CL: Right, you have to ask yourself, what would you think?

OZ: You have to decide if it’s a good picture, a striking picture, without knowing who took the picture. Art is dependent on the name of the person. This is why, when I visit a show or a museum…I like to try and look and appreciate the work without looking at the name of the person, so that I can really appreciate the work itself. Then, sometimes, if I really like it, I’ll look and see if I know the artist, or if I don’t. First, I try to appreciate the work itself especially, because no one knows me. [laughs]

CL: [laughs] I think the people who come will know you!

OZ: Yes, but not the people that will buy. I’m not friends with any rich collectors in the area. So here’s some of the final pictures. This one is the detail of a statue of a woman. I love the sex of the woman, who might be a goddess, I don’t remember. It was in a museum in uhh, not Rome, not Florence.

CL: Naples?

OZ: Yes, Naples I love this picture. This is a pussy hidden by a tray and a vodka tonic and you can see her legs, but you don’t see anything else. This is the Fish Woman, by Rodin and it really looks like she’s giving a blow job. It might be the first blow job in art history. This is a graffiti of Serge Gainsbourg on the wall of his house. This is the face of a friend, Katherine Goldberg. She’s a friend and I also wanted to have the face of a teenager in the show. She’s not really a teenager, she’s 22 but she looks 17. She has a very poetic face to me. She’s the incarnate of young girls in this generation to me. This one is the Chanel staircase. There is where she used to stand and look in the reflection of the mirror. I think it’s very abstract, very different. It’s very Parisian too, for me. I love the stairs, because the stairs are access. Access to the room, access to mystery, access to a private part of the room.

CL: It’s a bit art deco, so that’s’ a bit L.A. or little Miami.

OZ: Totally. In black and white like that. This is the kind of picture I like to take, it’s the girl at night. It’s the most sexual picture of the show.

CL: This picture is cool because you don’t really know from what angle it’s taken. She’s just here with her leg out, but you don’t know.

OZ: It looks like a musical note to me. It’s sexy and I love it. I also took a picture of an 18th century floor for a tall apartment. It has a nice rhythm. And there’s one last picture, it’s in color and it’s the last picture I shot for the magazine. It’s Gia Genevieve in a kitchen in New York.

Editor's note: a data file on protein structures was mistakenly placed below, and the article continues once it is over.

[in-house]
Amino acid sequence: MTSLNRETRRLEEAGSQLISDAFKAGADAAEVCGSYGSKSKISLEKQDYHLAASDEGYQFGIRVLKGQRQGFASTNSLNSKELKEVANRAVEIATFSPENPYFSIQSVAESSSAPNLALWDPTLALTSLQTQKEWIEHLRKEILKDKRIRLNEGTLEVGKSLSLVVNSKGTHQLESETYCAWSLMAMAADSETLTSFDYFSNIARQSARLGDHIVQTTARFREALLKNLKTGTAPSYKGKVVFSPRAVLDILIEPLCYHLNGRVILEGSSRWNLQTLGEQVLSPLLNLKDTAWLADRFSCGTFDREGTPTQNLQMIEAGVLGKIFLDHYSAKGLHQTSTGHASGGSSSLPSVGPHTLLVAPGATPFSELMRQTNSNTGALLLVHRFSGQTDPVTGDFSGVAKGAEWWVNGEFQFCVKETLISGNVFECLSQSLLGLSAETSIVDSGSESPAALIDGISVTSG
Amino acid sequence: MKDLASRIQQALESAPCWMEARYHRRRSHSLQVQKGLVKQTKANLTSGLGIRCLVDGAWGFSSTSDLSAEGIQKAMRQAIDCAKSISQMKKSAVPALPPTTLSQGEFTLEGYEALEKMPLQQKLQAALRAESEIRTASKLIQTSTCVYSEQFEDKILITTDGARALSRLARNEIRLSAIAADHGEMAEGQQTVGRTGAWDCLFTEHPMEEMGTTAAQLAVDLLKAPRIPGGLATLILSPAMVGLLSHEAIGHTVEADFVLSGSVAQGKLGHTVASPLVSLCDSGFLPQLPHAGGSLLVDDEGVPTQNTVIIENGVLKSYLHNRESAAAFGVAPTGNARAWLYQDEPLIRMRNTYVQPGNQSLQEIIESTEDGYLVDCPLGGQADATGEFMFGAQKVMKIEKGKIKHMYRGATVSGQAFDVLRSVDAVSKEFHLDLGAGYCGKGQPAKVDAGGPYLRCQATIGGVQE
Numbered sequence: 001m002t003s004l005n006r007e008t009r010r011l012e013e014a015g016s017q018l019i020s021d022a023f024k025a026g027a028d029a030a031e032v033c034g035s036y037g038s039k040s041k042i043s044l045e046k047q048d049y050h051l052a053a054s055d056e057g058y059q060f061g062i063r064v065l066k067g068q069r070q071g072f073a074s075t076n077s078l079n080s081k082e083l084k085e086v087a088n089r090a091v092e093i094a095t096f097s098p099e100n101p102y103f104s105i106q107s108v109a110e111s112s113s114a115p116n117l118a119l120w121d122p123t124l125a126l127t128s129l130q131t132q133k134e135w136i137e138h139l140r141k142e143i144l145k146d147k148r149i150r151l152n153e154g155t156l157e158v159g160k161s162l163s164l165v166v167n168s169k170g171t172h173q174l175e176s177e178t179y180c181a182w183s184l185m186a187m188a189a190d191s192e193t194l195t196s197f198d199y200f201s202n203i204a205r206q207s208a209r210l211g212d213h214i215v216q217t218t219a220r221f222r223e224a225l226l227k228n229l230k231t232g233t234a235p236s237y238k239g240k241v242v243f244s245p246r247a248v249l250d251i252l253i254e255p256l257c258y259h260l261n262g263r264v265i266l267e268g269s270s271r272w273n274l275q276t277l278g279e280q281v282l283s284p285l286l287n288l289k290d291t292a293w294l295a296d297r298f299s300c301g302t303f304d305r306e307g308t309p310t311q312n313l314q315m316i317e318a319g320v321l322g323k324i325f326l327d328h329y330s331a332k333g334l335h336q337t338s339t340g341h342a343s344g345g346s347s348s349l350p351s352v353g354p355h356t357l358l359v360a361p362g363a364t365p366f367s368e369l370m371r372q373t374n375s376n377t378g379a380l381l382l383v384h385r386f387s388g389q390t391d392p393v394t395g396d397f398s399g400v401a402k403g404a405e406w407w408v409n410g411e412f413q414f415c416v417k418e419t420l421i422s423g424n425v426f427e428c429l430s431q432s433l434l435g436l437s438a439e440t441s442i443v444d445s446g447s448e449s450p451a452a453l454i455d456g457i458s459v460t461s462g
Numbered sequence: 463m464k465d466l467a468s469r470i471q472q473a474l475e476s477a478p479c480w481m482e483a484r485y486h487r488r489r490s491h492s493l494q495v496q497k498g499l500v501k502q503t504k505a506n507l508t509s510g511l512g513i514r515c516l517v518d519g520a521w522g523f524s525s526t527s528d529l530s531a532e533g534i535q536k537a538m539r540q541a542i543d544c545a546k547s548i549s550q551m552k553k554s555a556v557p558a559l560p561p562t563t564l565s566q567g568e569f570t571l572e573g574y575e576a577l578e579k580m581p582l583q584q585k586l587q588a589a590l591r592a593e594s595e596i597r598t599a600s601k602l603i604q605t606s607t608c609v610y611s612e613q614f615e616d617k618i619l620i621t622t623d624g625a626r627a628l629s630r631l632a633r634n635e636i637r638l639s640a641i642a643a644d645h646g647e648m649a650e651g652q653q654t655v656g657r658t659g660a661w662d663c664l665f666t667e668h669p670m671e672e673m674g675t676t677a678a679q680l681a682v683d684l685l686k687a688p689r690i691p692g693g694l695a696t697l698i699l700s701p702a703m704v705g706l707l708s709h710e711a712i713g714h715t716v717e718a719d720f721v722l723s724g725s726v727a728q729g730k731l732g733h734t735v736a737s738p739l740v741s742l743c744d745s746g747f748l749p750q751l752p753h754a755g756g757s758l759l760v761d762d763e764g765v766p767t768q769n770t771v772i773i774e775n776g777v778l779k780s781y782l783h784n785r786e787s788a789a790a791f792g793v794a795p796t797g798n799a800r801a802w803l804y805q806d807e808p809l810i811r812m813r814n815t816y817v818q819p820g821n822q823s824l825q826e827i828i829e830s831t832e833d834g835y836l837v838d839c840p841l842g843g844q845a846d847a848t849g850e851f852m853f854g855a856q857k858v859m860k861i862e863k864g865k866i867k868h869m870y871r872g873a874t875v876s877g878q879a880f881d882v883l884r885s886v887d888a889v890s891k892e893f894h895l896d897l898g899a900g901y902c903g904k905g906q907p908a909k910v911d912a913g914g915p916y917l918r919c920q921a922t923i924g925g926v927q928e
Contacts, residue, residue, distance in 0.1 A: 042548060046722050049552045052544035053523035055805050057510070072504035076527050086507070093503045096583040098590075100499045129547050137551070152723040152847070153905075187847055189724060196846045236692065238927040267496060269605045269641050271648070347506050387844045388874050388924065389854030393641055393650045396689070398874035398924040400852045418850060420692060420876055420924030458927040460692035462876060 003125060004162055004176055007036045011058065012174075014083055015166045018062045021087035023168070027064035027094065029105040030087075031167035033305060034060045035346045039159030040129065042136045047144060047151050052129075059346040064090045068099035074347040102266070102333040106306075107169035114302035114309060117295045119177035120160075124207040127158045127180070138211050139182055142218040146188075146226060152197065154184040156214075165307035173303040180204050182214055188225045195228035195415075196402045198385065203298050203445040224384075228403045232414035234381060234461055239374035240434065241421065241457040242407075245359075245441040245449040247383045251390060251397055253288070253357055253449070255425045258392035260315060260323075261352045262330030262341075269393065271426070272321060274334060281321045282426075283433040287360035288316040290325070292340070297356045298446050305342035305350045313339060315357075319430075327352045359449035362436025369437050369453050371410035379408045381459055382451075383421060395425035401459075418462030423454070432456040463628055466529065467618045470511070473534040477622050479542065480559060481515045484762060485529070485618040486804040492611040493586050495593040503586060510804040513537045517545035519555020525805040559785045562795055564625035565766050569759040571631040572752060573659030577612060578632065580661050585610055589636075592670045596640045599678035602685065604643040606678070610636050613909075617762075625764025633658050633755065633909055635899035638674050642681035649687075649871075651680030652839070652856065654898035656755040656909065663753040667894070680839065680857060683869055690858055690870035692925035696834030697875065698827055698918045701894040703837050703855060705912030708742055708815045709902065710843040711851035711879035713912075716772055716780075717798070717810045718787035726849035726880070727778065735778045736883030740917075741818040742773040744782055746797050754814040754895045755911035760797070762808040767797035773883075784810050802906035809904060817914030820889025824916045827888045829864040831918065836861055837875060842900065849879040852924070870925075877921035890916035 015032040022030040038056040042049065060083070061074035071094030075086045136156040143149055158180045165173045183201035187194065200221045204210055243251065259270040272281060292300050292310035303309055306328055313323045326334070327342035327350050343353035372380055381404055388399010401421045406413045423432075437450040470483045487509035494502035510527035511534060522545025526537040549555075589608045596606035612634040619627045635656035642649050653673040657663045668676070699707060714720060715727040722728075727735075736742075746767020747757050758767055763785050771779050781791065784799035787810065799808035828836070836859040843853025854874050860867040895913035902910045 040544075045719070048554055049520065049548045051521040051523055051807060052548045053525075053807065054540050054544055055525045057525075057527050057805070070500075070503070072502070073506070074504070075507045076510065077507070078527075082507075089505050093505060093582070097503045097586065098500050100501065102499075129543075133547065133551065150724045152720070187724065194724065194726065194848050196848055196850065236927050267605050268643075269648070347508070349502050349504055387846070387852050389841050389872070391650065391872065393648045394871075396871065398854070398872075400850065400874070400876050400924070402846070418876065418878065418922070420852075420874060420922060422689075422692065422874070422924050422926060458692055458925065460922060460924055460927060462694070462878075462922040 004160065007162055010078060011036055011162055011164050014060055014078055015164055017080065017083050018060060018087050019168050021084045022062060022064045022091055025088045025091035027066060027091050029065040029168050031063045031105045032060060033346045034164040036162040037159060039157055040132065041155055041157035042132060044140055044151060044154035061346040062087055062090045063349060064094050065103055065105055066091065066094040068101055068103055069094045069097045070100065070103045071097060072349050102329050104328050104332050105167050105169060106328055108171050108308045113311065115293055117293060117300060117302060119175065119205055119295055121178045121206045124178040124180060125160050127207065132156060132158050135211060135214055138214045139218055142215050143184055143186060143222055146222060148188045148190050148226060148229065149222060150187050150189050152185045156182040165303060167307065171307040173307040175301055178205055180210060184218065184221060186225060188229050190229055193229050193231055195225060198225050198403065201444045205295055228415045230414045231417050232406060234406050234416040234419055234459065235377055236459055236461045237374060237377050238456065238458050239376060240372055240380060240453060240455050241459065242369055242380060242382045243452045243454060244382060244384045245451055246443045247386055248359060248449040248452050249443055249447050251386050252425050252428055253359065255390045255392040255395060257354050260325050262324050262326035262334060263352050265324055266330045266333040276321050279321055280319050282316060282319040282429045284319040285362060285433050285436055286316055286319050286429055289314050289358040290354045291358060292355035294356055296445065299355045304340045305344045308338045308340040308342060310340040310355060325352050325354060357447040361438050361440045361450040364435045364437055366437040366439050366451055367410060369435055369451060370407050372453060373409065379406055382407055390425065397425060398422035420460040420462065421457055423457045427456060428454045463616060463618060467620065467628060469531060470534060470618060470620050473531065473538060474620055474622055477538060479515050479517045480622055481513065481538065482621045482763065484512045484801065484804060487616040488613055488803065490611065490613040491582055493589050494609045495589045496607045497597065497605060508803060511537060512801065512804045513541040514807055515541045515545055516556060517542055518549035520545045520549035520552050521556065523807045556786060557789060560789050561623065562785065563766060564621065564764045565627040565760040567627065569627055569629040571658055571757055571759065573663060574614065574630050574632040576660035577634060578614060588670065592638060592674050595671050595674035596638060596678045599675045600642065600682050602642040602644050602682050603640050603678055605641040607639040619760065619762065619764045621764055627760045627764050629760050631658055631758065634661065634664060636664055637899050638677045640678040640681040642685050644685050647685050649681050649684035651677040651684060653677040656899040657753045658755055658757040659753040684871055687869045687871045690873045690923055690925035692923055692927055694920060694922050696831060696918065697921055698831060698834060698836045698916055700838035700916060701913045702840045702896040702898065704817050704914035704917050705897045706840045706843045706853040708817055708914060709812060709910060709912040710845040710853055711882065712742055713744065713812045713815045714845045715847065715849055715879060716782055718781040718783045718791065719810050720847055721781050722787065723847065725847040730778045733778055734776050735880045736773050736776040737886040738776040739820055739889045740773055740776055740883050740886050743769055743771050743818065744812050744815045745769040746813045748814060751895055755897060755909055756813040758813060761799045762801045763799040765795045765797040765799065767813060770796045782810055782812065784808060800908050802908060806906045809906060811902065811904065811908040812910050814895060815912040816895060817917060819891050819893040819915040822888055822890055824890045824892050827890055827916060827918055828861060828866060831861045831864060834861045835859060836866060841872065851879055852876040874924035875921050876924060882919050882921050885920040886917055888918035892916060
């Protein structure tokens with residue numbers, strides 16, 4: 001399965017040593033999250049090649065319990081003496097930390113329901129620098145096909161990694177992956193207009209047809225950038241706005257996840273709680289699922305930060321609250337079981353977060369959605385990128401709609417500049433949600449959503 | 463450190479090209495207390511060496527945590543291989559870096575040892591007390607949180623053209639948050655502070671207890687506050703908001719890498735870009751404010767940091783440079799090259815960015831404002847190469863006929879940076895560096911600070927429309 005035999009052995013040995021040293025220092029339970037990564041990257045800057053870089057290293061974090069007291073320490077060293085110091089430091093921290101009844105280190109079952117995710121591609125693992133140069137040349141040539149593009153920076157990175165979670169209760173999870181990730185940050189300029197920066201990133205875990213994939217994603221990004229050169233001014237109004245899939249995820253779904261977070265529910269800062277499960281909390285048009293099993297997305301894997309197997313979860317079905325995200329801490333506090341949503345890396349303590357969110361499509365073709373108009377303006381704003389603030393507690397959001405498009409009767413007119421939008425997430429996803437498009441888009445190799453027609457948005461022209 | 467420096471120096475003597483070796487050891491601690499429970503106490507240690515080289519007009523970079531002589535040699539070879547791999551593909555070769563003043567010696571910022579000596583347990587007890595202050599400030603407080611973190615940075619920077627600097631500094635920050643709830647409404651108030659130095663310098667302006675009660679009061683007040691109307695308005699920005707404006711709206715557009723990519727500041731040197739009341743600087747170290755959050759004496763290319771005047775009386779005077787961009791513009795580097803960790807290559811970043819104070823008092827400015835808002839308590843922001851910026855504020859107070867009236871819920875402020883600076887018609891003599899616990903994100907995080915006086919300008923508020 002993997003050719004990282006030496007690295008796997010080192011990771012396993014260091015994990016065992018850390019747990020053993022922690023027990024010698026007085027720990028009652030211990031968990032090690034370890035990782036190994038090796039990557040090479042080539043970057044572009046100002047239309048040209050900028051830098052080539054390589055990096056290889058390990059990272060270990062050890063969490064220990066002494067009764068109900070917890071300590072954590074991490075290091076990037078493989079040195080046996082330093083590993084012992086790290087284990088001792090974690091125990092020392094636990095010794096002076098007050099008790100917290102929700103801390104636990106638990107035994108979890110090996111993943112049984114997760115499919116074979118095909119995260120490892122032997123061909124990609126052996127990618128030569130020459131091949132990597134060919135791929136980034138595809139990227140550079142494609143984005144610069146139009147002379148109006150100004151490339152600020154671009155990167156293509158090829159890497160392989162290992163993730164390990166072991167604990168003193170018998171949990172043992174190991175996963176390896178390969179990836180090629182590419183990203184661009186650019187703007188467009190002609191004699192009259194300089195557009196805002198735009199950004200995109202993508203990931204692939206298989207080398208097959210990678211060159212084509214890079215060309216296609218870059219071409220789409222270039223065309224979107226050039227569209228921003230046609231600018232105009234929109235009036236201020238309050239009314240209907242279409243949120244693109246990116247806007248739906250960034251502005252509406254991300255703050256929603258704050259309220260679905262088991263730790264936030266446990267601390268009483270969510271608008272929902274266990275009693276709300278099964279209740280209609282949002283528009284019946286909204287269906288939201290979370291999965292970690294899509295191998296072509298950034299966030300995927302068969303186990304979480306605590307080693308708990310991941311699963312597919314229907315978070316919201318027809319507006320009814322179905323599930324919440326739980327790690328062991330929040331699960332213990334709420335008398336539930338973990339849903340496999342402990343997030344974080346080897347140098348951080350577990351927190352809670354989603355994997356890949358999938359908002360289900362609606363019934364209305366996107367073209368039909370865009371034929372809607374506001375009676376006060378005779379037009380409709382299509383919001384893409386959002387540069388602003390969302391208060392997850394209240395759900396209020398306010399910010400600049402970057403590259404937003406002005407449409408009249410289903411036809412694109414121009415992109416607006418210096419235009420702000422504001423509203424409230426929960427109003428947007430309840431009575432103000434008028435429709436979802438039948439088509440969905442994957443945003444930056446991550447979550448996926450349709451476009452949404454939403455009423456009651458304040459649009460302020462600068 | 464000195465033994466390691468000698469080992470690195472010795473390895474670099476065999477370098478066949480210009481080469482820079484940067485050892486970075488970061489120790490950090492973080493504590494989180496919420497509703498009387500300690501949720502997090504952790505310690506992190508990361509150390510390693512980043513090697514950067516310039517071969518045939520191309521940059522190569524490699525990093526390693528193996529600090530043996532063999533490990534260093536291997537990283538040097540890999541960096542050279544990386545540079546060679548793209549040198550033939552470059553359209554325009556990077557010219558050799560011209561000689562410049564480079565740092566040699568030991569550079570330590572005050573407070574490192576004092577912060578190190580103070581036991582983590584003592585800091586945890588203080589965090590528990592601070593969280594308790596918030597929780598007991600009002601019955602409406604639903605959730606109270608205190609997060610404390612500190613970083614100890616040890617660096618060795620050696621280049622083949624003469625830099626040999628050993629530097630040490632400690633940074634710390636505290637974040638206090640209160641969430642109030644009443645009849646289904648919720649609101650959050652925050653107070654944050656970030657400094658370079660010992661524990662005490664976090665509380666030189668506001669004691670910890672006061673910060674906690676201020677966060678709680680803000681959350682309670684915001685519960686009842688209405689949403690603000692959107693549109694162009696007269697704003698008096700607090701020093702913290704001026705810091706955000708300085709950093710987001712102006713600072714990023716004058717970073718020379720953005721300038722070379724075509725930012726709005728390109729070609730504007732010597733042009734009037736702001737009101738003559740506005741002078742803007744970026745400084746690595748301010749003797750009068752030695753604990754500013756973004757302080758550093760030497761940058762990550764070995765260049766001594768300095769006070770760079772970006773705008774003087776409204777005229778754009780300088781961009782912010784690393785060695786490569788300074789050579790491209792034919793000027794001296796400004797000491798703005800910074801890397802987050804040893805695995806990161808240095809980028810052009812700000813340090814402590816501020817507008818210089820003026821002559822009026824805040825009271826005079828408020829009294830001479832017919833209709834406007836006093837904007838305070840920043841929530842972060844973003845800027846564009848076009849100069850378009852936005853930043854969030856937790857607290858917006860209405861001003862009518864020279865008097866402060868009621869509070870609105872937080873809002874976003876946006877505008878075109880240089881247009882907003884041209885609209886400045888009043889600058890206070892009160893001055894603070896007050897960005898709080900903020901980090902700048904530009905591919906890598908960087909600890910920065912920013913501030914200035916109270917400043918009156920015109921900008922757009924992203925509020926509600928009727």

CL: Isn’t it a bathroom?

OZ: Yes, it’s a bathroom! I wanted to have one picture in color, and I wanted to have one sexy, voluptuous lady that to me encompasses the glamour of Hollywood.

CL: Yes, the hair. It’s super blond.

OZ: This is my vision of L.A., which is really a cliché, but I like to play with clichés like that.

CL: L.A.’s a big cliché.

OZ: Yes. She used to be a biker and a model for a magazine about cars and girls. Now she’s very popular in the industry because she’s very curvy. She does a lot of campaigns for lingerie.

CL: Was it difficult to get her naked?

OZ: No. Since she was very young, she’s been used to getting naked.

CL: Is it difficult to get anybody naked?

OZ: There’s three different kinds of girls to a photographer. There’s the girl who will always say no, and you know it. You don’t even have to ask. There’s the girls who are ready to shoot naked, but their agent says no. And then there’s all your friends, who say yes! So basically, I shoot girls that I know, that I like, who are friends.

CL: That way you’ll always get a yes.

OZ: They are comfortable with me. They know I won’t jump on them. They know what I do, what I like. It’s like a game. It’s playful. But she’s a professional nude model. She’s a lovely girl, and a Californian girl.

CL: She looks Californian

OZ: She’s beautiful. She’s not tough, but she’s super American.

CL: She’s Americana integrated.

OZ: She’s blonde and has this natural glamour. No that’s stupid – glamour is the opposite of natural.

CL: Glamour with ease?

OZ: She’s very curvy and a strong woman, she is the opposite of other models. She’s a sex queen, which is why she ended up on the cover of Playboy. She’s great to shoot. Totally confident and comfortable in her body. I said to myself, she should be the star of the show. But I also love the teenager picture, because she’s smart, but very tortured. Maybe not tortured, but complicated, complex and interesting. She’s your typical crazy New York girl. This show is a mix of my life. It’s Paris, LA, New York. Yes, a bit of fashion,

CL: sex, architecture, art.

OZ: It’s a selection of what I like, and I hope that each picture can be seen individually —

CL: — without knowing you

OZ: even though they’ll be

CL: stuck together as if they’re one thing

OZ: Yes.

Portraits of Olivier by Brad Elterman

Read our interview with Gia Genevieve here

Read our interview with Brad Elterman here